Even though my last post indicated that with Melinda's oral chemo meds we've got little cause to go to the cancer center, she went in Monday, and again today (Thursday) for IV fluids. The fluids help her feel better and lessen some of the common side effects of many of the chemo drugs, and she has a standing order to get them whenever she wants. So for that reason we've been in twice this week.
And interestingly, among the cancer patients in various stages of their disease there are little touches of the natural world. Many of the walkways and halls are lined with photos and paintings of the natural world, and the cancer center (former Tucson General Hospital) is built around a couple atria open to the sky in the 2 story building, as well as a small garden of native plants on the east side of the building. But on Monday we had a front-row seat to the best show there - an active hummingbird nest just outside our window! In a little nest about the size of a computer mouse were 2 little beaks sticking out, waiting for mom to return with a handout. They were tiny, and at about 10-12 feet away were hard to spot, and from her private bed that day, Melinda wasn't high enough to see them over the sill. So I excused myself and drove the 2km home to get camera and 300mm lens, with about a 1cm extension tube to get a little closer. With that combo, I was able to get a few good shots, though in the late afternoon light, I used the on-camera flash to illuminate the scene. Fortunately the flash seemed to have no affect on mom...
In the 2.5 hours we were there, mom came back every 30 minutes or so to feed the youngsters, regurgitating the nectar and bugs she'd been gone collecting. Interestingly, mom looked to be a rather drab green, and I was surprised to see how the flash lit up her iridescent feathers! Still, it is tough to identify the female hummer without the more showy colors of the male. If anyone has a firm identification, click on my name at upper right and drop me an e-mail, or let me know in comments! While mom was out feeding, the chicks were mostly quiet, but I was surprised to see in the photo at right when one of them stretched its wings, vibrating them just like mom while flying. From the quill feathers seen, it has a ways to go before it comes close to flight. I like the expression on the nest-mate being squished during this wing-stretch! Another time there was a mourning dove in the area, and mom spent a lot of time driving it away. Otherwise it was out feeding, returning on a regular basis.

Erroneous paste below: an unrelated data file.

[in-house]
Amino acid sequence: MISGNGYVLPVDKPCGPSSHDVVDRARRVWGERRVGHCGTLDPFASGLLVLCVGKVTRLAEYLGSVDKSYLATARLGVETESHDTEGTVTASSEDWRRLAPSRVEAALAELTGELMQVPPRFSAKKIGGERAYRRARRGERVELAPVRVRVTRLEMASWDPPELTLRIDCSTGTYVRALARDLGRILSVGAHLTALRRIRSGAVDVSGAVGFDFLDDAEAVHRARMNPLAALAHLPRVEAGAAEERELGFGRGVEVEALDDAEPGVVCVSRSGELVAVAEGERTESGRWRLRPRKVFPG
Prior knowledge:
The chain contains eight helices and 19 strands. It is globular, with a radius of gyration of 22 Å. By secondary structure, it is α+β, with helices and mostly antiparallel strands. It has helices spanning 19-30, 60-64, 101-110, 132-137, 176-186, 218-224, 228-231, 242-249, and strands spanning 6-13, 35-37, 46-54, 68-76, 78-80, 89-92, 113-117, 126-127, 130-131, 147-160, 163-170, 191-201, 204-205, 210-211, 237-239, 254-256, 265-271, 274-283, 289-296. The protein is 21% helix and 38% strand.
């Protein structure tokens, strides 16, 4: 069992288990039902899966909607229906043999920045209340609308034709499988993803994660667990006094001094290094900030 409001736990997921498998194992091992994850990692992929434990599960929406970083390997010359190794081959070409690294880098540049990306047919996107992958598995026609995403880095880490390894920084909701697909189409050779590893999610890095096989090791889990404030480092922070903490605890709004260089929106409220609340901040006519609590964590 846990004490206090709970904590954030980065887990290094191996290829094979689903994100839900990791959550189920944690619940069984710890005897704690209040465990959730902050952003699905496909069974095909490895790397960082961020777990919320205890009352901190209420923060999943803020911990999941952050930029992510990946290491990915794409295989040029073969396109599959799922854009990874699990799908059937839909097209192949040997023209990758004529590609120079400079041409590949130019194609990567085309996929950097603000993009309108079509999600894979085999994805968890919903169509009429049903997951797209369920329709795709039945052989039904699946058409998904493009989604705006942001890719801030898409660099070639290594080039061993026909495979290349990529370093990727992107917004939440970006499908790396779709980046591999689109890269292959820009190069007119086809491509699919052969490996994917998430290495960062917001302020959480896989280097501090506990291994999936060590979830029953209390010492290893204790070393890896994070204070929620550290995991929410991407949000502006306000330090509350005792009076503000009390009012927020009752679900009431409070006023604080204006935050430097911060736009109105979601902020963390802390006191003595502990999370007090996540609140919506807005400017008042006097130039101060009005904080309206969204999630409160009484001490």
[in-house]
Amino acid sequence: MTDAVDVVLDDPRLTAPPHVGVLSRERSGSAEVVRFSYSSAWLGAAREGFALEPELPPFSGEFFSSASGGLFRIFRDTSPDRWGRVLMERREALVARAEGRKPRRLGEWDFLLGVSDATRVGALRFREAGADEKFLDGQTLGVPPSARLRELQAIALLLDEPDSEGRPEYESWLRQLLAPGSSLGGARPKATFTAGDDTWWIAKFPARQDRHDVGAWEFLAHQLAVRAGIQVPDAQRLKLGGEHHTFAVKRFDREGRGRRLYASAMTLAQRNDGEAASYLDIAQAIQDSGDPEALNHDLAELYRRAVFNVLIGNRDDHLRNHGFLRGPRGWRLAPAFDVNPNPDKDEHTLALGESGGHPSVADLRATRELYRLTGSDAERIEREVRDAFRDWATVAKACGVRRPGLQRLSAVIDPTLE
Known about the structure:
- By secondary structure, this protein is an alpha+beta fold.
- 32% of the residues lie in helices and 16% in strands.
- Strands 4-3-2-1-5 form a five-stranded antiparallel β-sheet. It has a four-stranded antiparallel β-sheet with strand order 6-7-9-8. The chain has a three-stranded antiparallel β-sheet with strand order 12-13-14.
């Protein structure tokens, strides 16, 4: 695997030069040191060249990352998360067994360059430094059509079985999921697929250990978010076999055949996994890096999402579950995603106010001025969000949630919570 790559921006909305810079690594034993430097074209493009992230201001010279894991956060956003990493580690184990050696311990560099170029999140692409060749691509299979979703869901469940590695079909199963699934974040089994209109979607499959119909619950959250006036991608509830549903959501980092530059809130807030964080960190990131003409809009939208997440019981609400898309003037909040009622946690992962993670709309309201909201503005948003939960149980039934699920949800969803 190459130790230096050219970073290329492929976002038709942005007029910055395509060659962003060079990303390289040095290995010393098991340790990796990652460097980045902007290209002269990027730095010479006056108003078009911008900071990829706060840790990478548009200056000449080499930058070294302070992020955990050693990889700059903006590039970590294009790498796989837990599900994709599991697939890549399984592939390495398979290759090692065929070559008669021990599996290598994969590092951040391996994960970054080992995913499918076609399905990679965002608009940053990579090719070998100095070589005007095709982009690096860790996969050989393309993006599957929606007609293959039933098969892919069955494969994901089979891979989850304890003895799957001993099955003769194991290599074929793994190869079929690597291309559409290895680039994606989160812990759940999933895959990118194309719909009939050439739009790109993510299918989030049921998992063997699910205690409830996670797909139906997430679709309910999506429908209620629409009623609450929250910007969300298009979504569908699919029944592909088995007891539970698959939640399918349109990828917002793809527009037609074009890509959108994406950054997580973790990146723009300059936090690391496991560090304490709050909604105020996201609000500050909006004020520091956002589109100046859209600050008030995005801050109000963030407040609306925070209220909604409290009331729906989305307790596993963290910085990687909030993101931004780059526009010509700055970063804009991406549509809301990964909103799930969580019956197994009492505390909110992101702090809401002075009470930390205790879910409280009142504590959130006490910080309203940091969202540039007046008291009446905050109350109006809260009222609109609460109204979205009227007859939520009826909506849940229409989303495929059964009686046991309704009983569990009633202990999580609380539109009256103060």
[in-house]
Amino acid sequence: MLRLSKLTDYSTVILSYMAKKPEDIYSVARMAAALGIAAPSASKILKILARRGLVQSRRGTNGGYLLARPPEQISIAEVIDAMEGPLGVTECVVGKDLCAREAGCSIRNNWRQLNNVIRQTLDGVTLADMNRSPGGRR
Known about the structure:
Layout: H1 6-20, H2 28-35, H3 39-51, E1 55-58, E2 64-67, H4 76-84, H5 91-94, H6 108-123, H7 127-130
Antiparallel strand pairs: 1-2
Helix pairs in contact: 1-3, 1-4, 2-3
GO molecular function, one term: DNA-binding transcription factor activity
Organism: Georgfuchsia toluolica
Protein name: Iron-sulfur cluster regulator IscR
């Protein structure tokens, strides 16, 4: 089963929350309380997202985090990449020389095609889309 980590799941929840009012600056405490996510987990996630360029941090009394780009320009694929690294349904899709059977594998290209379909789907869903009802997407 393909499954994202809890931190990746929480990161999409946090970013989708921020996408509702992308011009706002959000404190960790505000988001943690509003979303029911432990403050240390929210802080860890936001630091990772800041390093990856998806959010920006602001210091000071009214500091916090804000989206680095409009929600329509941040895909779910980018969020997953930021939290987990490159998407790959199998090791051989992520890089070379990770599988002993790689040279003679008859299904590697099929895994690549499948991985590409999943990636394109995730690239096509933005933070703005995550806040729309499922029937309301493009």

Today's trip in for fluids, I brought in a few prints to distribute to the nurses to show the patients more than anything else. Well after observing the hummers from a distance, they were all totally amazed that I was able to record these scenes. I guess any attempts with their smart phones were doomed from the start - what this application needs is a real camera! Will keep an eye out in the future for these headlining stars of the cancer center...
Addendum: It looks like we have a winner! Workmate Steve avoided any heavy-lifting today and searched for images that matched mine on the interwebs, and came up with a Broad-billed Hummingbird! Since the females are so drab (sorry girls!), it is tough to match coloration against most of the photos on-line, but on this identification, the dark patch and bright line over the eye match up nearly perfectly. Tucson marks the northern limit of the Broad-Billed Hummingbird's range - so glad to find out who our star attraction was!
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